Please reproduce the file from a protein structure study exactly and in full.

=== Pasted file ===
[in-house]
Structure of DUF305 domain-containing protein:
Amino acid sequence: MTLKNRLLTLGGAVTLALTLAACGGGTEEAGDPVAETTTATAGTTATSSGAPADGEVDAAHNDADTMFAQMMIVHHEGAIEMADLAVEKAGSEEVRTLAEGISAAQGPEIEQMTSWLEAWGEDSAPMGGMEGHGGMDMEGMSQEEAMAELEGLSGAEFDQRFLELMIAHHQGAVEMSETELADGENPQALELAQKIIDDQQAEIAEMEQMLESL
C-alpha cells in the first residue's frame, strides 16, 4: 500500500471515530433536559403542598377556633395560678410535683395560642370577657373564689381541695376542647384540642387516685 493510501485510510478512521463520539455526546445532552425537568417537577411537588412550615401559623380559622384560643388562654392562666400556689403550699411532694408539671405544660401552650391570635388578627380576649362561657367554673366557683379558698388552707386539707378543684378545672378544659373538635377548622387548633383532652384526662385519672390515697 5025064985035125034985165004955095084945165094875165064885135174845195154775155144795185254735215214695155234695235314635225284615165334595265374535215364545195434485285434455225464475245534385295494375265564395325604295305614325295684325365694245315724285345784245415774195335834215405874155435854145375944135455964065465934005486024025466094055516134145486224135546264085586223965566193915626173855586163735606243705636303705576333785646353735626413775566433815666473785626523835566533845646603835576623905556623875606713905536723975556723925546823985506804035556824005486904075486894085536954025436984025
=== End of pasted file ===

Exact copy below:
[in-house]
Structure of DUF305 domain-containing protein:
Amino acid sequence: MTLKNRLLTLGGAVTLALTLAACGGGTEEAGDPVAETTTATAGTTATSSGAPADGEVDAAHNDADTMFAQMMIVHHEGAIEMADLAVEKAGSEEVRTLAEGISAAQGPEIEQMTSWLEAWGEDSAPMGGMEGHGGMDMEGMSQEEAMAELEGLSGAEFDQRFLELMIAHHQGAVEMSETELADGENPQALELAQKIIDDQQAEIAEMEQMLESL
C-alpha cells in the first residue's frame, strides 16, 4: 500500500471515530433536559403542598377556633395560678410535683395560642370577657373564689381541695376542647384540642387516685 493510501485510510478512521463520539455526546445532552425537568417537577411537588412550615401559623380559622384560643388562654392562666400556689403550699411532694408539671405544660401552650391570635388578627380576649362561657367554673366557683379558698388552707386539707378543684378545672378544659373538635377548622387548633383532652384526662385519672390515697 5025064985035125034985165004955095084945165094875165064885135174845195154775155144795185254735215214695155234695235314635225284615165334595265374535215364545195434485285434455225464475245534385295494375265564395325604295305614325295684325365694245315724285345784245415774195335834215405874155435854145375944135455964065465934005486024025466094055516134145486224135546264085586223965566193915626173855586163735606243705636303705576333785646353735626413775566433815666473785626523835566533845646603835576623905556623875606713905536723975556723925546823985506804035556824005486904075486894085536954025436984025